The Bluebird offense hopes to display the balance that its known for, especially if Pulaski County loads the box trying to take away the ferocious Highlands running attack. The Bluebirds have rushed for an average of 198.4 yards per game on the season and 1,006 in three playoff games for an astounding average of 335.3 per game.

A lot of the 284 rushing yards against CovCath came in the second half as the Highlands offensive line led by seniors Carson Haas, Evan Richardson and Bo Hebel wore down the Colonel defense.

Highlands senior running back Nick Kendall has gone for 582 yards on 55 carries and nine touchdowns in three playoff games for an average of 194 per contest. Kendall has rushed for 1,339 yards on 202 carries and 19 touchdowns this season and caught 24 passes for 157 yards and three touchdowns.

Pulaski County did allow 305 yards rushing to a physical North Laurel offense in the region title game led by 2,000-yard-plus senior running back Steven Nelson. Teams have rushed for an average of just more than 127 yards and passed for just more than 103.

The Jaguars held the ball for all but one minutes and 36 seconds in the first half including all 12 minutes of the second quarter. They recovered two onside kicks in that half.

The Bluebirds didn't have to pass much in the first two rounds. But the passing game built the lead against CovCath until the running game took over. Senior quarterback Austin Hergott completed 11-of-18 passes for 168 yards.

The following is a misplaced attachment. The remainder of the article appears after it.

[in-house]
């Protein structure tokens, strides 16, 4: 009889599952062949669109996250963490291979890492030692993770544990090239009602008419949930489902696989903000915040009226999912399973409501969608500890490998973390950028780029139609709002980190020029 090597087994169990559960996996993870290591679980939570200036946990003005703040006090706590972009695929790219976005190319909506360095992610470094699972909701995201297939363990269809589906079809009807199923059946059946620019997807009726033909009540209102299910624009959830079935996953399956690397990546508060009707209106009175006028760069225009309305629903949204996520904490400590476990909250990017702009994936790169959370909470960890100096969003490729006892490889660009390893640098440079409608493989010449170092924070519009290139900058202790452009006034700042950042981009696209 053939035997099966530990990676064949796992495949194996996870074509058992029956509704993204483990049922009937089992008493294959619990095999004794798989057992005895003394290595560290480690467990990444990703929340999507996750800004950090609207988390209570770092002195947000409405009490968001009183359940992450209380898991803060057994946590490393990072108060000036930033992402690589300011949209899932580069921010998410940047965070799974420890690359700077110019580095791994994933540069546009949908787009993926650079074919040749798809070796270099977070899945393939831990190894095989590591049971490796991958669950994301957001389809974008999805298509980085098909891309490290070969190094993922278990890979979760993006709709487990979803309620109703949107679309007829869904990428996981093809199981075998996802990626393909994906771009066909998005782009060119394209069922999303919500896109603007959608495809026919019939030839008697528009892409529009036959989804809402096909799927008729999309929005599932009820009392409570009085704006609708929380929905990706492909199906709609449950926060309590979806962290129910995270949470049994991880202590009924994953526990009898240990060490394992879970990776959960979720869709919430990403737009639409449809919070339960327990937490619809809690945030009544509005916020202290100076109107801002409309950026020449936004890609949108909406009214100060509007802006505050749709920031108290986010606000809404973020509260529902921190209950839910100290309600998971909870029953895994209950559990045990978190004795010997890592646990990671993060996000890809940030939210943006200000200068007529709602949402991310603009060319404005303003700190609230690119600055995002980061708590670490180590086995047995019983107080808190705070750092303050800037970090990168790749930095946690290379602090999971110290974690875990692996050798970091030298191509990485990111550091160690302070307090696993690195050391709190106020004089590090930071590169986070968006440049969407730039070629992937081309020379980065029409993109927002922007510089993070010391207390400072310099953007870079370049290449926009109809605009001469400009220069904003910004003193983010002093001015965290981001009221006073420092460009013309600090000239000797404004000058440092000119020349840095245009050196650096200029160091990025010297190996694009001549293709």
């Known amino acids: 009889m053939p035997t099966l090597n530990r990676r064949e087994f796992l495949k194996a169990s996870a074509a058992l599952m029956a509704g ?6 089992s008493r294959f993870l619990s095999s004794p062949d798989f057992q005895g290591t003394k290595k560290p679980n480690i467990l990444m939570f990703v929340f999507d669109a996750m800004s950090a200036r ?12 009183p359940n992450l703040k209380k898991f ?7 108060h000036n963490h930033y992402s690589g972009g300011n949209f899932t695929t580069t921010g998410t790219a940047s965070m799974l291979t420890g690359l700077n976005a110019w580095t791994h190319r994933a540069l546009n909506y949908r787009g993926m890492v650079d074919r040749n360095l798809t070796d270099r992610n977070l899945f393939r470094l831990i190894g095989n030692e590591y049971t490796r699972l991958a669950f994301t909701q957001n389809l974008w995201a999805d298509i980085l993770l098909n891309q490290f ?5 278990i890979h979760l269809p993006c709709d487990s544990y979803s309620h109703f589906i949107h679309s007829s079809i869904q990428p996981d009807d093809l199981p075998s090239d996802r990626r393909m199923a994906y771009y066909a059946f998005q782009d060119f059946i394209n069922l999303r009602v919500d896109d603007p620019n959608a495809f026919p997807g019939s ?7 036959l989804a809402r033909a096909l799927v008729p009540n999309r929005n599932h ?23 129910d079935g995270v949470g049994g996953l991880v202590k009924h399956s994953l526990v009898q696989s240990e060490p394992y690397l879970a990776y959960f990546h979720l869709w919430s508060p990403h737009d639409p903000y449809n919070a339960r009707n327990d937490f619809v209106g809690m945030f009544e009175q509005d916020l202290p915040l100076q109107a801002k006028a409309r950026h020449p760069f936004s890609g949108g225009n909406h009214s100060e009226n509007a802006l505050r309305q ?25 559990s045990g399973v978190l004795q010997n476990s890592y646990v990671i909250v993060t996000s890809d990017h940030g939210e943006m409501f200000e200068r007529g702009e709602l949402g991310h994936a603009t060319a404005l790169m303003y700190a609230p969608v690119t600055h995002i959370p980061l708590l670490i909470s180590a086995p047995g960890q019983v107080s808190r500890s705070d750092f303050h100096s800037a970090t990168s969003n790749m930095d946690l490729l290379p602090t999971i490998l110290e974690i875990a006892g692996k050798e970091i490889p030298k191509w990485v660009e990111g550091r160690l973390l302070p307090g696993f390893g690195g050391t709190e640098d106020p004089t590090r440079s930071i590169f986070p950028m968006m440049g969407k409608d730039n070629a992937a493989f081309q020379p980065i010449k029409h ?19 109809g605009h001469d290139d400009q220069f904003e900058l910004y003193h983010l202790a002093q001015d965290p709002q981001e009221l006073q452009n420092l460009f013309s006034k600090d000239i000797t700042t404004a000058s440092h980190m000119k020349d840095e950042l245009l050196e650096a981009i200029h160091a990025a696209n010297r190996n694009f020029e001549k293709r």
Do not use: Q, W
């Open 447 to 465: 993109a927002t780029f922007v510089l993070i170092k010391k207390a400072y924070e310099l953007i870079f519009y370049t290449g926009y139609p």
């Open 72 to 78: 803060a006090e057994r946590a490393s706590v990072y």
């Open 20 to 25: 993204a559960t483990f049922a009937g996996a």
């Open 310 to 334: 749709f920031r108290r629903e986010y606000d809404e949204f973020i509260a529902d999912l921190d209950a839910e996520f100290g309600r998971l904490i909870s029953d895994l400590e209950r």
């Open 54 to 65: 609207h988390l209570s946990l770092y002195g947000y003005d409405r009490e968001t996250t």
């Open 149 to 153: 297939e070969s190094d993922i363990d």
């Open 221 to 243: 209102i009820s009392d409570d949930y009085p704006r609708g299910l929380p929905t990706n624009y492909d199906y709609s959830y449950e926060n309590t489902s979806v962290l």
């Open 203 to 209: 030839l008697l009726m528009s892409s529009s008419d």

Senior Eric Miller led the Bluebirds with seven catches for 124 yards and two touchdowns in that win. Miller has 16 catches for 288 yards and three touchdowns this year good for third. Miller hauled in his first touchdown reception inches before two CovCath defenders arrived on the play.

"Whether it's too soon or too far, (inches) is what it comes down to," Weinrich said. "You just hope you've done the same thing over and over enough that you have the inches down, where you need to be to make the cut, where the ball needs to be, what kind of step to take if I'm going to make a block. That's why you practice that stuff all year and get better. That way it becomes second nature and you don't have to think about it."

Hergott has completed 125-of-232 passes for 1,520 yards, 14 touchdowns and just 12 interceptions this season. Senior TJ Sipple is second with 22 catches for 287 yards and a touchdown.

In games like this, the team that sees other players step forward and have big games often wins games. Junior Grant Murray and senior wide receiver Mitch Cain could be one of them. Murray has 504 yards rushing on 57 carries and six touchdowns and Cain has 13 catches for 138 yards and a touchdown.

"They do both (running and passing) so well," Hines said. "As a game plan, you have to take away one to help your defense defend the other one better. We're going to give it our best shot to try to take one of them away and make them one-dimensional."